MINEOLA — High school science students played teacher on Friday, presenting their favorite science projects to elementary and primary students in what was billed as a “science extravaganza.”
“I saw lots and lots of scientific things that I like,” Diani Gutierrez, a fourth-grader at Mineola Elementary School, said, adding she might try doing some of the experiments at home.
“I learned a sling shot goes farther when you put more pressure on it,” she said.
Austin Anderson, a 10th-grade presenter at Mineola High School, said the second- through fifth-graders who attended the show inside and outside the gymnasium were full of energy.
Anderson’s project was a thermal camera.
“You point it at a cold object or a hot object. If it’s hot, it shows up red; if it’s cold, it shows up blue,” Anderson said. “It’s what the military use in combat. It’s what helicopters use when searching for people.”
Deborah Armstrong, high school physics, engineering and robotics teacher, started the science show about 10 years ago, because she said she thought her students’ projects should be presented to everyone.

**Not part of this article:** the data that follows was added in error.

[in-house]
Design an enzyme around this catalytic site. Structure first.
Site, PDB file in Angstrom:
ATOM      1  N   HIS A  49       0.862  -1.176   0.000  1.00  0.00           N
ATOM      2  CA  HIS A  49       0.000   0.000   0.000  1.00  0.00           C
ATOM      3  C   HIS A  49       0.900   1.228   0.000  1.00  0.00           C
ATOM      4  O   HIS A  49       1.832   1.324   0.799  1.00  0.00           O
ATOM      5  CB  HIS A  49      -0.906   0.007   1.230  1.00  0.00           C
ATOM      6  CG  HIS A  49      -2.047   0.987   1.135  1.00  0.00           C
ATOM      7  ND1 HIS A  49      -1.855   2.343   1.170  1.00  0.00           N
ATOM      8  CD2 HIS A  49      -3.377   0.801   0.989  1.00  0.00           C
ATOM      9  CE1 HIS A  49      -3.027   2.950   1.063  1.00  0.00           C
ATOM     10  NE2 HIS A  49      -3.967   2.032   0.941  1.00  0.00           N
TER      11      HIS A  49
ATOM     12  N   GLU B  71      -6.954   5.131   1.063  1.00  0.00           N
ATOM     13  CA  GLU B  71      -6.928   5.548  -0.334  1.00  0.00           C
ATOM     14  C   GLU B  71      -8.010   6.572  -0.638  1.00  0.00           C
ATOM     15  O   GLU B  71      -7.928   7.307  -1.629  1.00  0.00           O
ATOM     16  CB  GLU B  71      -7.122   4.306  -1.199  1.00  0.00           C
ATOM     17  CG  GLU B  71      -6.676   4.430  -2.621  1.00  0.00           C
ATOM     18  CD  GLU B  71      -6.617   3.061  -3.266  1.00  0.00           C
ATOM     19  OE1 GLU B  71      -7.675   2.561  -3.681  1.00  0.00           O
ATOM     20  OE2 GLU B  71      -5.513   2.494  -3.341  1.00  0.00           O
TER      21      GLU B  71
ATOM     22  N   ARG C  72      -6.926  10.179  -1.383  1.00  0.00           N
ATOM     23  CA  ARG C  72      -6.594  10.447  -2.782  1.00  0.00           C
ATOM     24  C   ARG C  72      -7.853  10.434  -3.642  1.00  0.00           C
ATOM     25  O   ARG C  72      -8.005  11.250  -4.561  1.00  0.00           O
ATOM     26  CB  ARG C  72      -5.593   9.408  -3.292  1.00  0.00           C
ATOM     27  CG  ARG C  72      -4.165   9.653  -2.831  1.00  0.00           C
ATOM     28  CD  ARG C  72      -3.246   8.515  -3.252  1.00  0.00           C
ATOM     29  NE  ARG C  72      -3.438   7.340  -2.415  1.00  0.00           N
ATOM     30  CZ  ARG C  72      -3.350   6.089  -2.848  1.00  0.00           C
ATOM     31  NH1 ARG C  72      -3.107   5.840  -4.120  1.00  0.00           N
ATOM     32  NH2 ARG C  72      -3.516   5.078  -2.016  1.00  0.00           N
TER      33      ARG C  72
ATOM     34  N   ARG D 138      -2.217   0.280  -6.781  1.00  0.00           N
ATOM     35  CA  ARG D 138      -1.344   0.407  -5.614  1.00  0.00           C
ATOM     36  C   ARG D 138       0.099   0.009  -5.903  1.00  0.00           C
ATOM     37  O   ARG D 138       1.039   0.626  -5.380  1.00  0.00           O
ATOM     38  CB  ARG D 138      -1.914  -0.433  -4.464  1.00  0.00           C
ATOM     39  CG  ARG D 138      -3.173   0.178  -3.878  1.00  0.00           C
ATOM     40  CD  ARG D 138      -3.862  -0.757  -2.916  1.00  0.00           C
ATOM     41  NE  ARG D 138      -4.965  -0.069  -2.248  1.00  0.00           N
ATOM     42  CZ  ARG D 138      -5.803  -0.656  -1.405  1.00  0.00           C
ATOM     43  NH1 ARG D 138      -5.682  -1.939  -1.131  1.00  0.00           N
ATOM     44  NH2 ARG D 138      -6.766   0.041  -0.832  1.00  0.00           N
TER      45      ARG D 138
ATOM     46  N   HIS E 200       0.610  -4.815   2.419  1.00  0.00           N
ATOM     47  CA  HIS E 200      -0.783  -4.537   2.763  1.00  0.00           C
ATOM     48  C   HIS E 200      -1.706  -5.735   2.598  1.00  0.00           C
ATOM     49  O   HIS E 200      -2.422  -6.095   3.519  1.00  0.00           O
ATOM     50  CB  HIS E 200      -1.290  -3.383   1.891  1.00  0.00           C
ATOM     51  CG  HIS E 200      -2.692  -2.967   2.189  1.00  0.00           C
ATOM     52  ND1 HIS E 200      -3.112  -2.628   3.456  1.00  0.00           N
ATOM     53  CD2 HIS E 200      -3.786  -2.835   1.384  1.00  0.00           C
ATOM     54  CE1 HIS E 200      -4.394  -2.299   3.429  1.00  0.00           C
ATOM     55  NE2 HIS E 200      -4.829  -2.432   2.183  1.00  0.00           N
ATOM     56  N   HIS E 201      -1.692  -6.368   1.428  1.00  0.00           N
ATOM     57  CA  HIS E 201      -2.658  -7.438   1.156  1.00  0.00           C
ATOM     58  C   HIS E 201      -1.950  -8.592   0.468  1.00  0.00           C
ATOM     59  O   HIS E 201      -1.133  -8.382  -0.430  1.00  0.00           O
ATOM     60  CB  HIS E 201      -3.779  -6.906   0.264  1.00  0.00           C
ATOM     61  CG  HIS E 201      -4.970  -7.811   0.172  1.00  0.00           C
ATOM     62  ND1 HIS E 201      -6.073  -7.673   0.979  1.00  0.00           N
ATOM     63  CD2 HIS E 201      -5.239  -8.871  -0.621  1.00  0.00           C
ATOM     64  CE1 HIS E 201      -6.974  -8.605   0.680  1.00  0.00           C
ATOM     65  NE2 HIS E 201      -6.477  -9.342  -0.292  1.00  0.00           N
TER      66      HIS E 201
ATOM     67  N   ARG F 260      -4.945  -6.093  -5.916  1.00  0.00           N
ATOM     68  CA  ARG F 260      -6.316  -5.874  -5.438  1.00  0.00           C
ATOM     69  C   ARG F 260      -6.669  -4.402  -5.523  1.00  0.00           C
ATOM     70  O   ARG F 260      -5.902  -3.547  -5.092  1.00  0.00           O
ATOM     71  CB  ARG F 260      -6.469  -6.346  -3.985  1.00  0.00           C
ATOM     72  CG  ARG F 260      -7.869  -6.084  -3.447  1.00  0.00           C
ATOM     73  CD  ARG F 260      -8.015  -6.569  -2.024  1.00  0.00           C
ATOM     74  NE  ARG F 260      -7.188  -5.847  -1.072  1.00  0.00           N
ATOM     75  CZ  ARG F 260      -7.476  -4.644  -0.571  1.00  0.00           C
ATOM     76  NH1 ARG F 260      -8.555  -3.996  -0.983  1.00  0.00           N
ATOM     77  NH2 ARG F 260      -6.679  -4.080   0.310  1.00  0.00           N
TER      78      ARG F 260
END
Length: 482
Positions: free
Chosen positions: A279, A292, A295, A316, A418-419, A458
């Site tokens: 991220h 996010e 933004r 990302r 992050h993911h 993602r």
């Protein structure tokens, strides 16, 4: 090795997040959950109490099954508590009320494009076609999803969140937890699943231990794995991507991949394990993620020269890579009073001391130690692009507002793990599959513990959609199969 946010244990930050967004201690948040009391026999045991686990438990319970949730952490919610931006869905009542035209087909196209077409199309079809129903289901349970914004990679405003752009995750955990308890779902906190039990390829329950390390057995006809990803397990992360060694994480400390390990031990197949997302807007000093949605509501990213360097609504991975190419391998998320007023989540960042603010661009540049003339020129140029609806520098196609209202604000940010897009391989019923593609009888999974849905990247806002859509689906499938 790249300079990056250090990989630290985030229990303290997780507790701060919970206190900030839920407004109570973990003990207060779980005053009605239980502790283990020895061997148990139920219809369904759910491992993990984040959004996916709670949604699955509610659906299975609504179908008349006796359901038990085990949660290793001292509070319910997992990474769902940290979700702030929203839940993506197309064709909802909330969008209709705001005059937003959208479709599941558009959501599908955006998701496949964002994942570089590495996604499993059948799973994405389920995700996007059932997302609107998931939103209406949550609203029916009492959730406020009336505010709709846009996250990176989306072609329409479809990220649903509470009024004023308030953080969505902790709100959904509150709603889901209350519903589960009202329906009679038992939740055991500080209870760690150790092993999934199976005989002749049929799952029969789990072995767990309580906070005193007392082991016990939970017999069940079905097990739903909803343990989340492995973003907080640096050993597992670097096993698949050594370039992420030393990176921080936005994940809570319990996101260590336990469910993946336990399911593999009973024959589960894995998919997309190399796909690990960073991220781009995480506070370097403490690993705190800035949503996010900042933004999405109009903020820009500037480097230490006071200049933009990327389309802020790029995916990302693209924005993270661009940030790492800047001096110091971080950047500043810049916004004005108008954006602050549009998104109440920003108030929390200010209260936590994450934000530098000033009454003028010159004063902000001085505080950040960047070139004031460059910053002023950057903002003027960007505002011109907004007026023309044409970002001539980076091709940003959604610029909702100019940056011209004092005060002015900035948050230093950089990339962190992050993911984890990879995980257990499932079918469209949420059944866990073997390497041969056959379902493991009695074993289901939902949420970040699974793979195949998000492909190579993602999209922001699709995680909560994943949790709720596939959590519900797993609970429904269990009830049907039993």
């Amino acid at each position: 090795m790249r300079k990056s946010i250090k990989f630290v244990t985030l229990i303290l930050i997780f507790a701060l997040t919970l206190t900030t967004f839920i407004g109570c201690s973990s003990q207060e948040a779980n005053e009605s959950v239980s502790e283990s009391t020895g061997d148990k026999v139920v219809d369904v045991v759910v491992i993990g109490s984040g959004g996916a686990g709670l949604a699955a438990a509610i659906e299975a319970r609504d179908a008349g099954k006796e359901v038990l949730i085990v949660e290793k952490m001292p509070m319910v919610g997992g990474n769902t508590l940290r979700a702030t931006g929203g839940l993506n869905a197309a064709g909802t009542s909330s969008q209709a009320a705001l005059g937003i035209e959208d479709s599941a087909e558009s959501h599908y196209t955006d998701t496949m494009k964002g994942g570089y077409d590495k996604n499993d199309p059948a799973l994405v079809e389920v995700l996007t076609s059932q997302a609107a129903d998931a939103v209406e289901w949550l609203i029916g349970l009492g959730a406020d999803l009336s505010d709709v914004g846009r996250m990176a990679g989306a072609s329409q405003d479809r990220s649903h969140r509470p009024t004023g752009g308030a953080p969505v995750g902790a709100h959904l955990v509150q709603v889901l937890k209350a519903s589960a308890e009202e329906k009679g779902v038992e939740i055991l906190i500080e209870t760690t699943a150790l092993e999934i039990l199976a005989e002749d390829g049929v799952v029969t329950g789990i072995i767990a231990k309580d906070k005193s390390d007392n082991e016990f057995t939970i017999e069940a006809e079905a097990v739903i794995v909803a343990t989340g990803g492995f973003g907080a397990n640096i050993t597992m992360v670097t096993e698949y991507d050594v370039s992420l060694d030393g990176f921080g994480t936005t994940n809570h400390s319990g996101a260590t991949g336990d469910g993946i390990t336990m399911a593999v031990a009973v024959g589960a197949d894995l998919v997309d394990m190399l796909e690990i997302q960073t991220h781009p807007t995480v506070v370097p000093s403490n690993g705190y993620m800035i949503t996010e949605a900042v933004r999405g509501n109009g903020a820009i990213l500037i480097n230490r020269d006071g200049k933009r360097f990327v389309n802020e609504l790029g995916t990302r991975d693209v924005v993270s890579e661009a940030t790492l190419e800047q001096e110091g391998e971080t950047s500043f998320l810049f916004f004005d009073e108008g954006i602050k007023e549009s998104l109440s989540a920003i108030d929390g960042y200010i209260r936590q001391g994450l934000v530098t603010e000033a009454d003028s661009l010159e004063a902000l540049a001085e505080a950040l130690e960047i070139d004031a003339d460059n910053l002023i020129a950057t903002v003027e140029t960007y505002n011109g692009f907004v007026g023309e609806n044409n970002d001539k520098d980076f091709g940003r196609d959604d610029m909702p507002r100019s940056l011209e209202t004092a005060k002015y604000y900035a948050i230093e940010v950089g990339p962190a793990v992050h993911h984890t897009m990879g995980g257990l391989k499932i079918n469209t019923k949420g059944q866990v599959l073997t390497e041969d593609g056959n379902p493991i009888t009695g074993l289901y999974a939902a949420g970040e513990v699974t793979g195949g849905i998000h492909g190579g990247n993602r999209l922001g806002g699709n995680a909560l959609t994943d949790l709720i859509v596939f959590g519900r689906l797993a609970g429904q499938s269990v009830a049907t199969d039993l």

“I want my students to see what it’s like to be the teacher. I think they learn a lot more on that end, and I want the second- through fifth-graders to realize how exciting science is,” Ms. Armstrong said.
She expressed hope that the younger students will be motivated to enroll in science in high school.
“I think the high school kids do a great job; they get down on the kids’ level,” elementary school principal Jeni Massey said.
The science show gives the younger students actual life experiences, makes science accessible to them and lets them know that it is fun, not just something in a textbook, Ms. Massey said. The show featured “some amazing things,” she observed.
Science projects displays ranged from fuel rockets and water rockets to robotics and a petting zoo, from a vacuum air cannon and a wind tunnel to a cotton candy machine and a magic show, making smoke rings and a laser show.
Second-grader Briana Palacios said she learned about magnets and that a vacuum sucks air out; third-grader Kennedi Elmore learned about black lights and how to make pancakes from scratch; and third-grader Alejandro Reyes learned about laser light shows and smoke circles.
Although the lessons were varied, many agreed they also learned science is fun. Luz Tinaero, a fifth grader, said the science show was “really exciting.”
At the petting zoo, Mallori White, an 11th-grader, explained the biology of animals. Children saw hermit crabs and got to pet ducks, a hedgehog, kittens, a bunny and other creatures.
“We were teaching them (the younger children) where these animals come from, their climate, their environment, their class in the animal kingdom,” Selina Jaimes, a junior who helped present the petting zoo, said.